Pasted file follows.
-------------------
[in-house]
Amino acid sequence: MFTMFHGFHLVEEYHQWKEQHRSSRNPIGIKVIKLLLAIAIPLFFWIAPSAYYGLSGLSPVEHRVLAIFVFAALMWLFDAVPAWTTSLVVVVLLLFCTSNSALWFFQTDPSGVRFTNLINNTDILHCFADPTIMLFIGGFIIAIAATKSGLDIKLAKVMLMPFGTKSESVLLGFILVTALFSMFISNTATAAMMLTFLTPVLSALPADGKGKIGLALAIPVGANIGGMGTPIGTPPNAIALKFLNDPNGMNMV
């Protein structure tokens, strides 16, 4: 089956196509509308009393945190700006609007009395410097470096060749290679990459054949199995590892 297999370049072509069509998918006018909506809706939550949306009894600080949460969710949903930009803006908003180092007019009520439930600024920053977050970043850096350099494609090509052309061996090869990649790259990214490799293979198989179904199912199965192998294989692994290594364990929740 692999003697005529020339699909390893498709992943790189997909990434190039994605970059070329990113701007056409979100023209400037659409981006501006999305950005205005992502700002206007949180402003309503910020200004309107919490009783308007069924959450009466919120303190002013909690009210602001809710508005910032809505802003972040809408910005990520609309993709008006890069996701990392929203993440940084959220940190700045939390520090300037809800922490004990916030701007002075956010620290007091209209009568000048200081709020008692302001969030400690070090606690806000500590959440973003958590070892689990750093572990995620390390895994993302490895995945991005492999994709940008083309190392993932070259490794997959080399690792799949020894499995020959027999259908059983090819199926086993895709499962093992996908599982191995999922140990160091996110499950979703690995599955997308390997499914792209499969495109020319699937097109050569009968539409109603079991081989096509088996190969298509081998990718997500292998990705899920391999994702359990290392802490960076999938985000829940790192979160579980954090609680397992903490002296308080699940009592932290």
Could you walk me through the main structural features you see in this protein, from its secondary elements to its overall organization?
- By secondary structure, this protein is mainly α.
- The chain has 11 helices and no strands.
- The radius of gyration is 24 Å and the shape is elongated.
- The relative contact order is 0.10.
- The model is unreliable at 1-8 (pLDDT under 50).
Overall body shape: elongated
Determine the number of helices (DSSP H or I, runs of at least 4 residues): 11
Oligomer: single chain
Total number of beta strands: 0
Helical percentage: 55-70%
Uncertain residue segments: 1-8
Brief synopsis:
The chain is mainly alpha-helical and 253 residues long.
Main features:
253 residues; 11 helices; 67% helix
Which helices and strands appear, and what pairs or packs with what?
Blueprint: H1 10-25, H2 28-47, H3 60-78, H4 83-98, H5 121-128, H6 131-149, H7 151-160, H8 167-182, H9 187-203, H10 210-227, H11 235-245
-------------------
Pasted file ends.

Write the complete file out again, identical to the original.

[in-house]
Amino acid sequence: MFTMFHGFHLVEEYHQWKEQHRSSRNPIGIKVIKLLLAIAIPLFFWIAPSAYYGLSGLSPVEHRVLAIFVFAALMWLFDAVPAWTTSLVVVVLLLFCTSNSALWFFQTDPSGVRFTNLINNTDILHCFADPTIMLFIGGFIIAIAATKSGLDIKLAKVMLMPFGTKSESVLLGFILVTALFSMFISNTATAAMMLTFLTPVLSALPADGKGKIGLALAIPVGANIGGMGTPIGTPPNAIALKFLNDPNGMNMV
């Protein structure tokens, strides 16, 4: 089956196509509308009393945190700006609007009395410097470096060749290679990459054949199995590892 297999370049072509069509998918006018909506809706939550949306009894600080949460969710949903930009803006908003180092007019009520439930600024920053977050970043850096350099494609090509052309061996090869990649790259990214490799293979198989179904199912199965192998294989692994290594364990929740 692999003697005529020339699909390893498709992943790189997909990434190039994605970059070329990113701007056409979100023209400037659409981006501006999305950005205005992502700002206007949180402003309503910020200004309107919490009783308007069924959450009466919120303190002013909690009210602001809710508005910032809505802003972040809408910005990520609309993709008006890069996701990392929203993440940084959220940190700045939390520090300037809800922490004990916030701007002075956010620290007091209209009568000048200081709020008692302001969030400690070090606690806000500590959440973003958590070892689990750093572990995620390390895994993302490895995945991005492999994709940008083309190392993932070259490794997959080399690792799949020894499995020959027999259908059983090819199926086993895709499962093992996908599982191995999922140990160091996110499950979703690995599955997308390997499914792209499969495109020319699937097109050569009968539409109603079991081989096509088996190969298509081998990718997500292998990705899920391999994702359990290392802490960076999938985000829940790192979160579980954090609680397992903490002296308080699940009592932290």
Could you walk me through the main structural features you see in this protein, from its secondary elements to its overall organization?
- By secondary structure, this protein is mainly α.
- The chain has 11 helices and no strands.
- The radius of gyration is 24 Å and the shape is elongated.
- The relative contact order is 0.10.
- The model is unreliable at 1-8 (pLDDT under 50).
Overall body shape: elongated
Determine the number of helices (DSSP H or I, runs of at least 4 residues): 11
Oligomer: single chain
Total number of beta strands: 0
Helical percentage: 55-70%
Uncertain residue segments: 1-8
Brief synopsis:
The chain is mainly alpha-helical and 253 residues long.
Main features:
253 residues; 11 helices; 67% helix
Which helices and strands appear, and what pairs or packs with what?
Blueprint: H1 10-25, H2 28-47, H3 60-78, H4 83-98, H5 121-128, H6 131-149, H7 151-160, H8 167-182, H9 187-203, H10 210-227, H11 235-245